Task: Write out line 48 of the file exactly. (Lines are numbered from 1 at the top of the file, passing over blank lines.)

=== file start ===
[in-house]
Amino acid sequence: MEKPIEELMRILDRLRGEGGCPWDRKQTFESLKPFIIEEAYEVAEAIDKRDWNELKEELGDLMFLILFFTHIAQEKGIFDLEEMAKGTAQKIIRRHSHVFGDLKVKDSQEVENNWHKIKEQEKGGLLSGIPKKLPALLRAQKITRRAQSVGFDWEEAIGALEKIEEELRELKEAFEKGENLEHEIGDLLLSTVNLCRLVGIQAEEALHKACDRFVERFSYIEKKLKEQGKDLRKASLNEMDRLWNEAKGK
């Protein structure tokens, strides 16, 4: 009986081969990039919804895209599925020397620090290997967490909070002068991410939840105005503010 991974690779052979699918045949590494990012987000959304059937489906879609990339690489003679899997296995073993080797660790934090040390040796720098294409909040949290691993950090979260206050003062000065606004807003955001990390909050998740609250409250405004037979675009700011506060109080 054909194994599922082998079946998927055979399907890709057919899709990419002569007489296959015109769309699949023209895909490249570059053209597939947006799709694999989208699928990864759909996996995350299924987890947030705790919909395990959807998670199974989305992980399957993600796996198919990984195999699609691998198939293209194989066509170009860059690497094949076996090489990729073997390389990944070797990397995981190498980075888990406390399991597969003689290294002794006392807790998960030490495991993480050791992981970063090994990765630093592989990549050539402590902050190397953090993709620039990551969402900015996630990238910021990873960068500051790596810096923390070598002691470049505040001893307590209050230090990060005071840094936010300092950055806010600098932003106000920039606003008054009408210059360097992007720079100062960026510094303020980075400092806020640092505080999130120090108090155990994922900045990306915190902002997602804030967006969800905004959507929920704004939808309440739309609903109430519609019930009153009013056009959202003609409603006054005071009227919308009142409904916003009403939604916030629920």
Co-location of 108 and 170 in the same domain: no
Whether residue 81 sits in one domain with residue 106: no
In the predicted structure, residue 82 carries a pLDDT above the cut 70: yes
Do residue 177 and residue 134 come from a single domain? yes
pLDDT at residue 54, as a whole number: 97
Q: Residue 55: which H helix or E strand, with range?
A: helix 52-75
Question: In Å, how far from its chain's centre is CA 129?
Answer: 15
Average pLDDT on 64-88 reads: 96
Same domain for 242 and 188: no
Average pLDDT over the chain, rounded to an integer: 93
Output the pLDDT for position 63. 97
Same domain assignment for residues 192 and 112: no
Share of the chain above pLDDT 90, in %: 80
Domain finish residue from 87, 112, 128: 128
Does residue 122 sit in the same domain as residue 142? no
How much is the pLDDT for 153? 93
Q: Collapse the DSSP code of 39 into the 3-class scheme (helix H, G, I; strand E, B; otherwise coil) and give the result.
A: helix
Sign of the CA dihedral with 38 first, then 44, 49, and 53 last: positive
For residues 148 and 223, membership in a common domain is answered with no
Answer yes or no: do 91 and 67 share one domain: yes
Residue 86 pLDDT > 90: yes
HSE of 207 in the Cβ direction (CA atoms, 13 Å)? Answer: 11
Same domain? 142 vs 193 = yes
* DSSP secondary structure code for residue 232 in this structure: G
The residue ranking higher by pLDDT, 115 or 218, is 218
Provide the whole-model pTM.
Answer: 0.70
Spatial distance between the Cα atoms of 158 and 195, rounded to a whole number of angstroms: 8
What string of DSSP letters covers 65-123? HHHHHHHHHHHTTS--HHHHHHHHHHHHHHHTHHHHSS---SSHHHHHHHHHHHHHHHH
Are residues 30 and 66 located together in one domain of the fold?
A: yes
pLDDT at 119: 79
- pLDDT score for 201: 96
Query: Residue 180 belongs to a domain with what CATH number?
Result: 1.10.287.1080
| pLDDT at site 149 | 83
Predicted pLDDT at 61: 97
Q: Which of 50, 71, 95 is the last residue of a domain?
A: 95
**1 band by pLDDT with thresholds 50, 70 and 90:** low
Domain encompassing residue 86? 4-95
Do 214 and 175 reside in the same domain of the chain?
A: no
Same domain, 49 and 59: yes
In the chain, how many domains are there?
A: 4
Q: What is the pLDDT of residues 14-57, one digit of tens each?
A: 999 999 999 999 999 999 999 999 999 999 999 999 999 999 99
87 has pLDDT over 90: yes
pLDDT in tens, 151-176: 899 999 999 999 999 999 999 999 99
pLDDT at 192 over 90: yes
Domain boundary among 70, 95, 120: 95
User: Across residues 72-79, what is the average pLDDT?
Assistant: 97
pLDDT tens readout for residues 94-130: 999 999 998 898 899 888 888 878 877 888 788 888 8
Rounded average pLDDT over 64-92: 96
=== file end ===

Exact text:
Do 214 and 175 reside in the same domain of the chain?